"Who am I?"- there's a complex question if there ever was one! You might find yourself sitting with this question after a significant life change, stressor, or accomplishment. You may revisit this question only to discover the answer is one so different from when you last asked it. You might discover that the answer can be felt in your mind, body, and soul, but that you are at a loss when you attempt to put it into words. Recognizing the different parts that make up your cohesive sense of self, appreciating how these parts developed, and relating to each of these parts with compassion and openness can be an exercise of self-exploration and understanding.
1. What are the different parts of you?
I like to imagine the inner self as being comprised of different parts, different voices. The movie Inside Out provided people with great imagery for this concept- in this case, the self was made up of emotions (Joy, Fear, Disgust, Sadness, and Anger), each of which approached change and challenges differently. We often have an inner dialogue running through our minds throughout the day- an inner voice providing commentary about what we witness and experience on a moment to moment basis. Perhaps there are times when this inner dialogue is dominated by a critical voice, a vulnerable voice, an uncertain voice, a confident voice, a sad voice... and on and on. Take a moment to consider the parts of yourself that makeup your cohesive sense of self. Another image that I have come to use when thinking about this is the image of a long table- a boardroom table, a dinner table, whatever works for you! What are the parts of yourself or versions of yourself that have a seat at this table? This is a highly individual experience and process, so use whatever language or imagery feels most fitting for you.
2. How did these parts develop?
Our sense of self does not develop in a vacuum. There are aspects of your temperament and personality that are influenced by genetics, but your sense of self and your understanding of who you are are heavily influenced by and developed in the context of relationships. Refer back for a moment to the parts of yourself that you identified in the previous question. Our inner voices, our inner selves often mirror our history of interpersonal relationships- it is not uncommon to adopt the voice of another as our own. Perhaps the critical voice that has become such a significant part of your inner self developed in the context of a critical relationship, in the presence of and interaction with another who voiced or implied messages that you were not, and could not ever be, good enough. Perhaps your own nurturing voice grew in the experience of having another person comfort and accept you during difficult moments. On the flip-side, perhaps you find that it is incredibly difficult to offer yourself a nurturing voice and, upon reflection, realize that a nurturing voice was not a significant part of your early relationships. While we must take control and responsibility for our own sense of self, it can be helpful to explore how these parts of ourself developed when and if we contemplate questions like "Why I am so quick to be critical of myself?" or "Why is it so difficult to comfort myself when things have gone wrong?"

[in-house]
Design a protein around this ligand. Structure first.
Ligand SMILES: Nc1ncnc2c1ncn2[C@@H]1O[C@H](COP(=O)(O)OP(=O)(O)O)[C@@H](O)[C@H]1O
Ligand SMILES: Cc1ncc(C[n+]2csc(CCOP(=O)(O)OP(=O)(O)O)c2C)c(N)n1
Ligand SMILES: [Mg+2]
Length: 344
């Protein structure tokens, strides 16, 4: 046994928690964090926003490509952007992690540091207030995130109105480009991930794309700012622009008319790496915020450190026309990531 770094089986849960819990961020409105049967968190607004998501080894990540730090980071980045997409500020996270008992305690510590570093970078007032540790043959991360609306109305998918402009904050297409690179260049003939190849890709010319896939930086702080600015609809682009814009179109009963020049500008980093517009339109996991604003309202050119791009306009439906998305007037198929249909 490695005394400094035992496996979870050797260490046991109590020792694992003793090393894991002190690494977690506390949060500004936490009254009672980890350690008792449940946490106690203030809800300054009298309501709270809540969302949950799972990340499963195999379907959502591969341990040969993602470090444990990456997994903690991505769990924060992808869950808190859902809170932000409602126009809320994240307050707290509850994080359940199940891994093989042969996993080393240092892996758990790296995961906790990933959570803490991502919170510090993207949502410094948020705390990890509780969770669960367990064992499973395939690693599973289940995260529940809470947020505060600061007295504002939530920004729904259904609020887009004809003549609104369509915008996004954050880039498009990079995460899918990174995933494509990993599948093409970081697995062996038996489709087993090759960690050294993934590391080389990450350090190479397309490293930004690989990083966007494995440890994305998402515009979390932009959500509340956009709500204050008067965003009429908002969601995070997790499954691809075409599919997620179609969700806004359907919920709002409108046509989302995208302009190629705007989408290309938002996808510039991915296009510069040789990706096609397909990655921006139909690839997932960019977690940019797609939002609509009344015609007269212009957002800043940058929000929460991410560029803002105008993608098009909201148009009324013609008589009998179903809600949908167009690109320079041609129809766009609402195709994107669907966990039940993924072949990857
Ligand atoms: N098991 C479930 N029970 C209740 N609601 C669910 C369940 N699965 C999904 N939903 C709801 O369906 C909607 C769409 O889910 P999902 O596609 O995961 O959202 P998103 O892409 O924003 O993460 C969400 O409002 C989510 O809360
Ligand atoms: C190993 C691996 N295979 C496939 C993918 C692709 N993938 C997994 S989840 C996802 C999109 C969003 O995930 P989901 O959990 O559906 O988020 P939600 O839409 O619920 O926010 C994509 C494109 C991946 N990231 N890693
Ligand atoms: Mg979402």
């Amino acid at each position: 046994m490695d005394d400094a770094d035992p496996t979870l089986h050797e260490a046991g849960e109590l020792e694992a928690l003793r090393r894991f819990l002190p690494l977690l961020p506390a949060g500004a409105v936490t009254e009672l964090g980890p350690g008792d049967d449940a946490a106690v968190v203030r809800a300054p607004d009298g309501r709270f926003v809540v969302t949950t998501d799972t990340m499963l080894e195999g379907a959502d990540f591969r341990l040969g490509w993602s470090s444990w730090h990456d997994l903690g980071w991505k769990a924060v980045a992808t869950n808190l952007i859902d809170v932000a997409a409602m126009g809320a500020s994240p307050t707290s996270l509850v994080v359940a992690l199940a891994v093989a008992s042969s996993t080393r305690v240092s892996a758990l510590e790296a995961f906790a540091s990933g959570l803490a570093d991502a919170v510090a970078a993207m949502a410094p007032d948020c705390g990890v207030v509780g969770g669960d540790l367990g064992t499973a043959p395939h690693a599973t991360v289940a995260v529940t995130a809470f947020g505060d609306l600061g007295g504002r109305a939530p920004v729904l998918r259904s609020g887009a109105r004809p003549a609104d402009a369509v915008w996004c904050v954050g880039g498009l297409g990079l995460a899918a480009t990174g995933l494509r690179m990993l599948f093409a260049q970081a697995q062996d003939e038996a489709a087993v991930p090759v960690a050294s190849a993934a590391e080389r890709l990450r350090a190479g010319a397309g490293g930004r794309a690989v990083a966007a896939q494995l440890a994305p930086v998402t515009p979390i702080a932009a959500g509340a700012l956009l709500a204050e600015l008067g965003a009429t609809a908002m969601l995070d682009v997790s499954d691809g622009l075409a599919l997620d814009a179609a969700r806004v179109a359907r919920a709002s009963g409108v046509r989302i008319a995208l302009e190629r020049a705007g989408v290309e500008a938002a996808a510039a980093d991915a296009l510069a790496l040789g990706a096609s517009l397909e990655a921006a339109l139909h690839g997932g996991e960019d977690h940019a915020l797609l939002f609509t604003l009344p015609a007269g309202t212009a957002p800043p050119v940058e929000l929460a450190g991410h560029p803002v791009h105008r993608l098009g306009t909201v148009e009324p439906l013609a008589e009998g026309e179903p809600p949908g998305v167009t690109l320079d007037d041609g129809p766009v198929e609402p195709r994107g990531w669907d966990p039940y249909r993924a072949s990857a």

3. How do you relate to these parts?
To return to our table metaphor, you might be beginning to realize the parts of yourself that are present and where these parts came from- now I must ask how you view and interact with each of these parts. Which parts do you welcome to the table, and which parts do you try and pretend don't exist? Do you find that some parts easily dominate your core sense of self, while others are left with little influence? When that voice of fear or sadness begins to speak, does it get squashed by the voice of anger? Many of us experience parts of ourself that are more challenging to accept than others; however, I find that a greater sense of cohesion and peace can begin to develop when we acknowledge all the parts that make up who we are, rather than practicing selective rejection or acceptance. Begin to slow down your inner dialogue and take inventory of all the parts of yourself, knowing that it is all of these parts- not just our favorite parts, or most admirable parts- that make up your full and human experience.
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Brenna Burke, LMFT is a licensed marriage and family therapist in private practice in Santa Clarita, CA. She provides individual psychotherapy and couples counseling. Information provided through this website is for informational purposes only. It does not create a therapist-client relationship and does not replace clinical assessment or professional consultation